The median salary increased for electrical engineers despite the stagnant economy, according to a recent survey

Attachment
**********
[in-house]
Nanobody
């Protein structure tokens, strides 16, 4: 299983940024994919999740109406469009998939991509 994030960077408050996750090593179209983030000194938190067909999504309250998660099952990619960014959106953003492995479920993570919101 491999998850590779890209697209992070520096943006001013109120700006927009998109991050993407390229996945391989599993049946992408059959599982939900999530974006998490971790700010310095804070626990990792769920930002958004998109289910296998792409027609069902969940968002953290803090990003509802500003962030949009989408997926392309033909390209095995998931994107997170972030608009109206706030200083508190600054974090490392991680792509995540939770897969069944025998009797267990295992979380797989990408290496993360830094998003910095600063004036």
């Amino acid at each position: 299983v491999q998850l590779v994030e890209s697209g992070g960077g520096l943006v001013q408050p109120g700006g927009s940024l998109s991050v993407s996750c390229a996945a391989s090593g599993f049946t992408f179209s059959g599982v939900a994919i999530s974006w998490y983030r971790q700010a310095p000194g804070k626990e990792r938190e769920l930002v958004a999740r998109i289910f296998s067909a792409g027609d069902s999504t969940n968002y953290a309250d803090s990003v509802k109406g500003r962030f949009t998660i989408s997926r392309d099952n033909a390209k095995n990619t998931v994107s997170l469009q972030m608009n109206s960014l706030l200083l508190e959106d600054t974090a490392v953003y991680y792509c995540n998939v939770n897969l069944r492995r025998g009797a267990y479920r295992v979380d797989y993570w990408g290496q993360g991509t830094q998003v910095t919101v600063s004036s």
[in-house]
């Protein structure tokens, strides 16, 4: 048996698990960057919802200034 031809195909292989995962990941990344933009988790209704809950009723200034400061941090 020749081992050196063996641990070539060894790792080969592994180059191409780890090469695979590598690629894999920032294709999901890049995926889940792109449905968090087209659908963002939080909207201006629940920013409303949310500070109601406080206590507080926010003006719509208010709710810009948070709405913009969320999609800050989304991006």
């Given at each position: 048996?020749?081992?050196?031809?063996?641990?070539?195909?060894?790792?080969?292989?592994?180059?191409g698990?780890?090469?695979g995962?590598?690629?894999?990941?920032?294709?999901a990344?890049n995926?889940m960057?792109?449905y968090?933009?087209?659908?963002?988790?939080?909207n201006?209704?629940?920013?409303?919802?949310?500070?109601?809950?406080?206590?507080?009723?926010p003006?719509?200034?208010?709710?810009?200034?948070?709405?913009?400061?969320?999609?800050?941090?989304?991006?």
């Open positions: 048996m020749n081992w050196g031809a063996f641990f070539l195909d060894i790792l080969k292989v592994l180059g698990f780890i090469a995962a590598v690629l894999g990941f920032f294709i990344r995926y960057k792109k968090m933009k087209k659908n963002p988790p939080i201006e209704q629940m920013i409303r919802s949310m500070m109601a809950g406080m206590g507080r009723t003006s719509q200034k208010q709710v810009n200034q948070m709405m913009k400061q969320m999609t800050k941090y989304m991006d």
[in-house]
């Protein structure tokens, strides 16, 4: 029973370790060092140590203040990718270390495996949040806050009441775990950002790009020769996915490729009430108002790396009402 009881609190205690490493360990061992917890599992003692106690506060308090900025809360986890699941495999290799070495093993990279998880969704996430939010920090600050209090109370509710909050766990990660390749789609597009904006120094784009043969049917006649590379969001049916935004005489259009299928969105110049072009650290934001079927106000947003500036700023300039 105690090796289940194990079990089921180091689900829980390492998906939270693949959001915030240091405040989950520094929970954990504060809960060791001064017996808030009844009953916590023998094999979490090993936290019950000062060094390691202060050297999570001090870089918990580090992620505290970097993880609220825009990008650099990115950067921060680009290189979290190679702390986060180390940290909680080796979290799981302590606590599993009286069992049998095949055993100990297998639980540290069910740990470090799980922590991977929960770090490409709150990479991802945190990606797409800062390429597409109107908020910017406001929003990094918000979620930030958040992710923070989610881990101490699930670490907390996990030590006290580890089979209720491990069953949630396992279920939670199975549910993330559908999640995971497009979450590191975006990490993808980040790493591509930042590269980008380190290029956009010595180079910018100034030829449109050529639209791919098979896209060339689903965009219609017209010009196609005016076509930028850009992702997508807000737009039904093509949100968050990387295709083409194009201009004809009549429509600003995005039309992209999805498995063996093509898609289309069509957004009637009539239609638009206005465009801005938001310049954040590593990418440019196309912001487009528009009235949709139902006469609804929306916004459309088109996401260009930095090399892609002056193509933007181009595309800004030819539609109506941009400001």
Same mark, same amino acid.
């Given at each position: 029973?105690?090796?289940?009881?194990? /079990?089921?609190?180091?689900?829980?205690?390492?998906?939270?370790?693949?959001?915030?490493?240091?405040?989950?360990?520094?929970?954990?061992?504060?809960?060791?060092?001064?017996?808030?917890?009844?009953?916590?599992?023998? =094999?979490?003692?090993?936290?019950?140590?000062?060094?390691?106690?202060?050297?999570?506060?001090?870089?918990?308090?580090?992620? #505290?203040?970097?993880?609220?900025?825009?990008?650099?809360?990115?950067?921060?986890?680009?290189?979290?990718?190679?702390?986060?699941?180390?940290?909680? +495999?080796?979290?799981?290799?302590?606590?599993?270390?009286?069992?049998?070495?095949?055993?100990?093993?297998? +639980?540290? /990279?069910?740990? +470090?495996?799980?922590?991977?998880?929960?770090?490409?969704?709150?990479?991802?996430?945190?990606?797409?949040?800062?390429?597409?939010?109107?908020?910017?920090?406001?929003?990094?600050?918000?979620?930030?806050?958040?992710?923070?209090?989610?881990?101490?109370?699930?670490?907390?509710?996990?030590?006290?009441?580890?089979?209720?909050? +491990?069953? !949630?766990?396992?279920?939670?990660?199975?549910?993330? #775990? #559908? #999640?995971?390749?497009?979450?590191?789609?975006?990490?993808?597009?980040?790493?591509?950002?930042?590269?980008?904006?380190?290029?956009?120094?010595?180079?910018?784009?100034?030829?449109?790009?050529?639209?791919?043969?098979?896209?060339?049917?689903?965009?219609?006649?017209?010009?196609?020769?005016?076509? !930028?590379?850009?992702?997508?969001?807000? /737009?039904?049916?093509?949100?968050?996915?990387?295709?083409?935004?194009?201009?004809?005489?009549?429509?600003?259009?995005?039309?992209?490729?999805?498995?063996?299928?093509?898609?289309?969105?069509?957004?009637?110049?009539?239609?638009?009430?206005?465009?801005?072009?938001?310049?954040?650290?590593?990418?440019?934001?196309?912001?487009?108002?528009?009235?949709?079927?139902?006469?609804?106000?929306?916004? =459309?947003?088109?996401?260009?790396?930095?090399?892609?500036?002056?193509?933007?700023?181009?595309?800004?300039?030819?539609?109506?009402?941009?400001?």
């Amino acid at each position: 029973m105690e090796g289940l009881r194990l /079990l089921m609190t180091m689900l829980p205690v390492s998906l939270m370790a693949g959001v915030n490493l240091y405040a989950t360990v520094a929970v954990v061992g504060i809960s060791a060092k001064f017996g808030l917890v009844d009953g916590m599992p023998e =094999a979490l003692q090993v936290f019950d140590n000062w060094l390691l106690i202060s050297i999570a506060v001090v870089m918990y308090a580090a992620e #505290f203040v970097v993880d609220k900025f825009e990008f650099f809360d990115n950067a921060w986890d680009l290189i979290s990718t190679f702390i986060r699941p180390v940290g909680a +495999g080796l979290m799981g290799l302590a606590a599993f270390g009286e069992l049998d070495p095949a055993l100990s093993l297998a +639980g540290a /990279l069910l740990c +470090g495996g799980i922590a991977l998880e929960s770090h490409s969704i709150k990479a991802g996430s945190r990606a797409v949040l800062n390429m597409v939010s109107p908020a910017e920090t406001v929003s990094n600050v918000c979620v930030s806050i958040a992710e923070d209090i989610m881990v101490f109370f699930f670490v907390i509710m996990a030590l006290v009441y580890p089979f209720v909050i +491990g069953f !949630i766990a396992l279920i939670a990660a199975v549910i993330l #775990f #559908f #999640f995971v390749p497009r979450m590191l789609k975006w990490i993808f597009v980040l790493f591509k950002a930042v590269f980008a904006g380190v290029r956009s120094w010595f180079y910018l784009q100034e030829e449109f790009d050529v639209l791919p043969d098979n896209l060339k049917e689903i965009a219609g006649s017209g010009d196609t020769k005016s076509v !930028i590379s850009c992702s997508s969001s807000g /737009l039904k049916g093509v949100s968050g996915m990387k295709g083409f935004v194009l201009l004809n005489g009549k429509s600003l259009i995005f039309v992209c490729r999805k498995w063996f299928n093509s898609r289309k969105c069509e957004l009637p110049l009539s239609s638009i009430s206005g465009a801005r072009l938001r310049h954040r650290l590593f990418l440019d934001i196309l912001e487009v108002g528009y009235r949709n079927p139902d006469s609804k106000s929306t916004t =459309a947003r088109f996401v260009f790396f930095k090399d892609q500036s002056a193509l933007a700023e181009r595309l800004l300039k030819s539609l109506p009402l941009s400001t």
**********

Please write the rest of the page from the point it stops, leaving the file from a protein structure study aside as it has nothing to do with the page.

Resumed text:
The median salary increased for electrical engineers despite the stagnant economy, according to a recent survey by the National Society of Professional Engineers (NSPE), the American Society of Civil Engineers (ASCE), and the Institute of Industrial Engineers (IIE). While the median salary for full-time engineers of all disciplines declined from $72,842 in 1999 to $70,200 in 2004, electrical engineers' median salary increased from $75,372 in 1999 to $81,000 in 2004, according to the Engineering Income and Salary Survey. The survey, which covers 35 branches of engineering, is a continuously updated, searchable database that provides real-time information online. The organizations track the salary information by engineers' length of experience, level of education, professional responsibility, branch of engineering, job function, industry, licensing or certification status, level of supervisory responsibility, and geographic location. Engineers participated in the survey by entering their salary information on the NSPE, IIE, or ASCE Web sites. The respondents completed a total of 14,762 surveys between April 2, 2003, and April 1, 2004. The median salary for electrical engineers is $85,863, the 10th percentile is $58,451, the 25th percentile is $70,025, the 75th percentile is $104,946, and the 90th percentile is $139,700. According to the survey, the highest median incomes are in the Pacific Southwest and Middle Atlantic states and the lowest median incomes are in the Upper Mountain and Middle Southeast states. To find out the median annual income for an electrical engineer in your region, see the Map below.